Upfront News and Views: Bet On the Blockbusters, Says Screenvision

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Screenvision Media has fostered a tradition of using the Thursday before the grand finale week of Upfront events in New York to hold its annual presentation.  True to form, the company, whose Front & Center pre-feature presentation now plays on more than 15,000 screens nationwide, was on display last Thursday evening.

Venue:  PlayStation Theater on the corner of W. 44th St. and Broadway for the second straight year.  As in 2017, the space was divided in half.  Attendees were seated in the upper half of the main floor to watch the presentation, then stepped into the lower half for food, drinks and special attractions themed to recent box-office hits.  Brief movie clips were inserted on the blue screen in the middle of the theater. Champagne and popcorn were served around the lobby.  Grade: 3.5 Jacks

Presentation: Year after year, the objective is to encourage sponsors to devote more of their overall ad budgets to pre-feature ads.  Now that theaters schedule blockbuster movies on a year-round basis (such as Star Wars: The Force Awakens, Star Wars: The Last Jedi, Spider-man, Wonder Woman, Avengers: Infinity Warand Black Panther), there’s a greater chance to reach audiences turning away from other media.  “Advertisers are trying to do more with less resources,” CEO John Partilla (pictured above) explained at the start.  “We reasonably represent that salve that can help you.”  Chief Revenue Officer Katy Loria and Executive Vice President of National Ad Sales Christine Martino used a trio of hit movie satires (It/Forrest Gump/When Harry Met Sally) to make points about how effective cinema messages can be with theater audiences.  “There’s butts, not bots, in our seats,” declared Martino at one point.  All three takeoffs had their funny moments, but the Sally homage (to the classic fake orgasm in the deli scene) had the most, thanks to the actress in the Meg Ryan role, and ending with that classic punch line.  Grade: 4 Jacks

News:  Fast-rising theater chain CMX (whose locations include the Mall of America) is Screenvision’s newest affiliate, and the “10 Pack” plan introduced last spring (running ads on a monthly basis before 10 specific titles) will continue in 2019.  What wasn’t announced: any enhancements to Front & Center itself, like launching a new series of featurettes or ad integration with current elements.  Ironically, a new short subject series was announced the week before -- Corner Stories (starting July 4 weekend), offering profiles of small business owners making a difference in their communities.  Great initiative; why wasn’t this brought up at the presentation?  Grade: 1 Jack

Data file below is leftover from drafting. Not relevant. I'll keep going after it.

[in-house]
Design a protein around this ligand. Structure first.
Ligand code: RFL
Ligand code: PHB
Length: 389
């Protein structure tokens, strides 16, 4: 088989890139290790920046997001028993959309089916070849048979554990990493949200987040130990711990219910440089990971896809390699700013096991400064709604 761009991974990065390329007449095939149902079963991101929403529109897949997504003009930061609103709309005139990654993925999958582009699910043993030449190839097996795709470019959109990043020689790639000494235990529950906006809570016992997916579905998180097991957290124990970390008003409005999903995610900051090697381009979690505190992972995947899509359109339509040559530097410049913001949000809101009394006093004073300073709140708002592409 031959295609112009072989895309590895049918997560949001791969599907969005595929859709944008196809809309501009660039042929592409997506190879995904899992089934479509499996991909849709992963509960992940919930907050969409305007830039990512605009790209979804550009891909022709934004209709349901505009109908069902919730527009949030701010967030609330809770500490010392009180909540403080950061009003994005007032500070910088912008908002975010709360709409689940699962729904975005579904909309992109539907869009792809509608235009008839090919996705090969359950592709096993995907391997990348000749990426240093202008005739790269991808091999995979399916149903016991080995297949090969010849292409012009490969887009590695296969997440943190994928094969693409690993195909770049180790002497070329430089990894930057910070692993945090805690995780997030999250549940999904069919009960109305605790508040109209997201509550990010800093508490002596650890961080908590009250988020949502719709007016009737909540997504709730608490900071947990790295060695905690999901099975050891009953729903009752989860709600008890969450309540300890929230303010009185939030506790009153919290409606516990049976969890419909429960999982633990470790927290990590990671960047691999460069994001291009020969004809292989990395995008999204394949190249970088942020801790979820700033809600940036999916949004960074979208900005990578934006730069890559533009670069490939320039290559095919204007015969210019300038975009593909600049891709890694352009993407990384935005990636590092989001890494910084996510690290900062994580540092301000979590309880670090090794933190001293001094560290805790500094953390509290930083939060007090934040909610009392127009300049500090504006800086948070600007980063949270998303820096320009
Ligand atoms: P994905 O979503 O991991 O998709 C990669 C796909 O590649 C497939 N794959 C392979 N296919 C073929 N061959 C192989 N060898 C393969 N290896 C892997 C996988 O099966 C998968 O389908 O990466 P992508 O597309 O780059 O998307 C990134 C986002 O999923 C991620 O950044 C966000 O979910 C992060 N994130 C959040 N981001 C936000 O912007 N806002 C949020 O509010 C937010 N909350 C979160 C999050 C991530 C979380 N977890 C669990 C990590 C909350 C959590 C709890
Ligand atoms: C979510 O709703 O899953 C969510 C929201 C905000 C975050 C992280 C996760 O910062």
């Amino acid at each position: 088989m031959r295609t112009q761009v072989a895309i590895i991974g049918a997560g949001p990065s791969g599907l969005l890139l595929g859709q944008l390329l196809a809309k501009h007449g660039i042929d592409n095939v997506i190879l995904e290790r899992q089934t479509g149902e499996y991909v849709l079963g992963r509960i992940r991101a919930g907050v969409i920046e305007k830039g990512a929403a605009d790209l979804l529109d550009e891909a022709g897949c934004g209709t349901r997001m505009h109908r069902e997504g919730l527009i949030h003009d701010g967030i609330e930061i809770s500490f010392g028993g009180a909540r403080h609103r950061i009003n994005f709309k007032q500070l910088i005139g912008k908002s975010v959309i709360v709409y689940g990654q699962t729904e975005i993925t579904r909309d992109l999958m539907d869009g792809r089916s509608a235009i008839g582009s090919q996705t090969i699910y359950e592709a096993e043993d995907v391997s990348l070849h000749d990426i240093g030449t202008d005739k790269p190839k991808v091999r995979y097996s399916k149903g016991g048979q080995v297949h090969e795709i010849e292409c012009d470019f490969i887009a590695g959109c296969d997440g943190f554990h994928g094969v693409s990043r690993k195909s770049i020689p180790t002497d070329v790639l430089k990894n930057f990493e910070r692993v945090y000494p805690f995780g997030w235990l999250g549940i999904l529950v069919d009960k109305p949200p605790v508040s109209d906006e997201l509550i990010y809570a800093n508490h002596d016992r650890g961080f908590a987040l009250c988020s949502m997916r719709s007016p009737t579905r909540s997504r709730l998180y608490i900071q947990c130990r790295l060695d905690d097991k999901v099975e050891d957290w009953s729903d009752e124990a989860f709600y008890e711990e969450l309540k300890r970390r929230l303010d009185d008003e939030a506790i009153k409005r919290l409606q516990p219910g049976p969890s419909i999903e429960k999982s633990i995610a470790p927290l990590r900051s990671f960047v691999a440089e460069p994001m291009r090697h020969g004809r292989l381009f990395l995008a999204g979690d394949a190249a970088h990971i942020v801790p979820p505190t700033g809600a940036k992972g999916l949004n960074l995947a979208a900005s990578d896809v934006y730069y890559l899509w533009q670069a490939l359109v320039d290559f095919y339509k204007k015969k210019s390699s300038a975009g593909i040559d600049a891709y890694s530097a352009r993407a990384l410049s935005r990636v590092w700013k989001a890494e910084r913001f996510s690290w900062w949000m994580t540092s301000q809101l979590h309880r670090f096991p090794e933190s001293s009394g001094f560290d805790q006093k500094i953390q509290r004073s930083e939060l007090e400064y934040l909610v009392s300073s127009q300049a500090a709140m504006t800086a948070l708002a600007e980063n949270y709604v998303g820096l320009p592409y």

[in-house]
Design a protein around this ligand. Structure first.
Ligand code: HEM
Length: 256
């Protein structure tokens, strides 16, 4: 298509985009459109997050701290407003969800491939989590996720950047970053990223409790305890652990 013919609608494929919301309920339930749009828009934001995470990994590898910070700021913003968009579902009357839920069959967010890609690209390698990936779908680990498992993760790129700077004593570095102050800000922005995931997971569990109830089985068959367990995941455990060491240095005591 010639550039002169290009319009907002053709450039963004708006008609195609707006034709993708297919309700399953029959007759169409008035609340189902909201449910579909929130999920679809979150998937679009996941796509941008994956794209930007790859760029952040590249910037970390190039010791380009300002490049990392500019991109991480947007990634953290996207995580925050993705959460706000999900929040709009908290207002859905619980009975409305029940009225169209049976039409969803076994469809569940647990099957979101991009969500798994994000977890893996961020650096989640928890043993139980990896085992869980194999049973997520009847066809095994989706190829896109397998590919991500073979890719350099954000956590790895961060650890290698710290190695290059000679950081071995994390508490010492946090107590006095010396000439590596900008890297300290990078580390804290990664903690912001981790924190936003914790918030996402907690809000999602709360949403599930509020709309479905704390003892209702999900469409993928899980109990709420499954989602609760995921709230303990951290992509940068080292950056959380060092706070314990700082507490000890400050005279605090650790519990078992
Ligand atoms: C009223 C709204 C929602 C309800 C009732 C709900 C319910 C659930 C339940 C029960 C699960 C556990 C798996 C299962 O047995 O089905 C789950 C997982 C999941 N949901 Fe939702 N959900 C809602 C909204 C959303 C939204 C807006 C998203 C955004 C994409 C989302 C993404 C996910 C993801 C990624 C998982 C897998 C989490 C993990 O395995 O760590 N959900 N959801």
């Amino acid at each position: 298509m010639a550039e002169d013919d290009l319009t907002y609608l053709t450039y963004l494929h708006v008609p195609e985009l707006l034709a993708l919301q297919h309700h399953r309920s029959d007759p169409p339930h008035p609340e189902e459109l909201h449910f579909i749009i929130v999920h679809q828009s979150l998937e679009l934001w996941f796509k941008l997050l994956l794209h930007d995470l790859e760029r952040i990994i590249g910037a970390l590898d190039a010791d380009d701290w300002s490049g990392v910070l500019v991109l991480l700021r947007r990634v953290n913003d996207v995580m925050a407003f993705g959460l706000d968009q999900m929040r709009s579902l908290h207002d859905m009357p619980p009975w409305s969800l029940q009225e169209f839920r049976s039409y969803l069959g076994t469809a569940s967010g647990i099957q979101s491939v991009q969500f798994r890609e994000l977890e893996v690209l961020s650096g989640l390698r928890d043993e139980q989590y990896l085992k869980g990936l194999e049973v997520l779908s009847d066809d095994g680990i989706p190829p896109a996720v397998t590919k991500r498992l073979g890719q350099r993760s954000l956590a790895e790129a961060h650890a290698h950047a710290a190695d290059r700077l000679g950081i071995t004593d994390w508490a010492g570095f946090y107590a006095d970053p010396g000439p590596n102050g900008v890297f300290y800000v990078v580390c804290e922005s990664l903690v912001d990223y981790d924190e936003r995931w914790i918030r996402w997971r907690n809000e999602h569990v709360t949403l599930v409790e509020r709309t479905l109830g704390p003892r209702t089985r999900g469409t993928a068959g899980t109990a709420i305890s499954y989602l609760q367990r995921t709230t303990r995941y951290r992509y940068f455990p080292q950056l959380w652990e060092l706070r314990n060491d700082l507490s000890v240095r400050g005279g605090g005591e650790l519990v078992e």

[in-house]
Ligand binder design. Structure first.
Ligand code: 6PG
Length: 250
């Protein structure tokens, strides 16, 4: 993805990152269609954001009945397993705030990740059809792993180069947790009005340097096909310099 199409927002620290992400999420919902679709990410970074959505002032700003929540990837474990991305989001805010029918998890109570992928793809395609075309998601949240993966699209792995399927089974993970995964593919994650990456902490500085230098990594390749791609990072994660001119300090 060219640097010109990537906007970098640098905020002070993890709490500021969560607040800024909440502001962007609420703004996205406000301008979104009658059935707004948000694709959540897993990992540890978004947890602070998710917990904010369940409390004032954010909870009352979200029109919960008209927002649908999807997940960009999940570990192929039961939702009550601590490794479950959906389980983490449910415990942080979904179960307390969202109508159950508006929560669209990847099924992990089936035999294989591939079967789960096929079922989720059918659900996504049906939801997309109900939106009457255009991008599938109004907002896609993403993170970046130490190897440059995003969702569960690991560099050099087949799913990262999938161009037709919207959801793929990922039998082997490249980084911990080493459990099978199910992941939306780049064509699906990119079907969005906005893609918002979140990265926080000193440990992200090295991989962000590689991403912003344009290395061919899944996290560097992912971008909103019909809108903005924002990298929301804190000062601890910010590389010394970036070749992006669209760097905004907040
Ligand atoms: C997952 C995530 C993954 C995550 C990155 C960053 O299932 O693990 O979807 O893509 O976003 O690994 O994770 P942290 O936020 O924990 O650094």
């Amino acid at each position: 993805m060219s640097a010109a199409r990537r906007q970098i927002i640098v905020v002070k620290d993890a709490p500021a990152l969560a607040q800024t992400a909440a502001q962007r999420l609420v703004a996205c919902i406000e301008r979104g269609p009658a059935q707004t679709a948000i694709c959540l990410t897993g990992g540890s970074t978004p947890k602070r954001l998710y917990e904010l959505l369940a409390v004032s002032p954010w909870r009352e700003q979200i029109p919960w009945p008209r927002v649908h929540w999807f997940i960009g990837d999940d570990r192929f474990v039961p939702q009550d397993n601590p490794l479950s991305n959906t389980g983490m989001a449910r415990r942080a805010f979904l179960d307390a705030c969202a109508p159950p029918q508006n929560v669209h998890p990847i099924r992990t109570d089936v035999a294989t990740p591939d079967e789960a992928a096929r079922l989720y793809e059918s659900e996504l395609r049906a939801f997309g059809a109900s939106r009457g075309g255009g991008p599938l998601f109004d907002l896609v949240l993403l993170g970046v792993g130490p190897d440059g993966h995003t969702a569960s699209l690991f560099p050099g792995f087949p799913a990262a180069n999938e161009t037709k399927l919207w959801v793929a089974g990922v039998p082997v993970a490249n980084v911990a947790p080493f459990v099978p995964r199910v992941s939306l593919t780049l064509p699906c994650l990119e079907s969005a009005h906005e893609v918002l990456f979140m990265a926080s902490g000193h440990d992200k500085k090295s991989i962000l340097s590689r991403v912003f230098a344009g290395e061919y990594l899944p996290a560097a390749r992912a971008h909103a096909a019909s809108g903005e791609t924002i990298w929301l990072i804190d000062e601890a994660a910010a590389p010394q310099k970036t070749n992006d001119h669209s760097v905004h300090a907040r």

Hosts:  Loria and Martino make a standout pair, moving things along and poking fun at each other’s cameo appearance in those film sequences.  Partilla opened the proceedings in solid fashion.  Grade: 3.5 Jacks

Star Time:  No in-person celebrities, so no Jacks awarded.  

Cuisine:  Nice selection of after-presentation treats.  Best eats: juicy Baha Mi chicken and lamb burgers, sweet potato and Yukon-style tater tots, and mini-bite chicken waffles.  Worst move: no ketchup or mustard at the burger/tater tots display.  You had to go over to the hot dog stand for both.  Also notable: A mini-arcade people could play before or after their food trip.  As a pinball machine fan, playing the Goldeneye 007 game was a nice touch.  Grade: 4 Jacks for the food; another 4 Jacks for the arcade.  (Note:  Cuisine ratings do not figure in the overall Jacks score.)

Data Insight:  Front & Center currently averages a 4.8 Nielsen rating among moviegoers age 18-49 . Grade: 3 Jacks

Innovative Opportunity:  Hate to belittle the point but talking Corner Stories or announcing another new Front & Center feature could have opened a path to some unique advertiser or theater chain relationships.  Look at what American Express’ Open unit has accomplished with its small business campaigns.   Grade: 0 Jacks

Overall Grade: 3.5 Jacks  Terrific presentation in both substance and pace (under 30 minutes), except for the omissions noted above.

Our Jacks scorecard in review:  5 Jacks = Excellent, 4 Jacks = Very Good, 3 Jacks = Good, 2 Jacks = Fair, 1 Jack = Poor, 0 Jacks = Don’t go there

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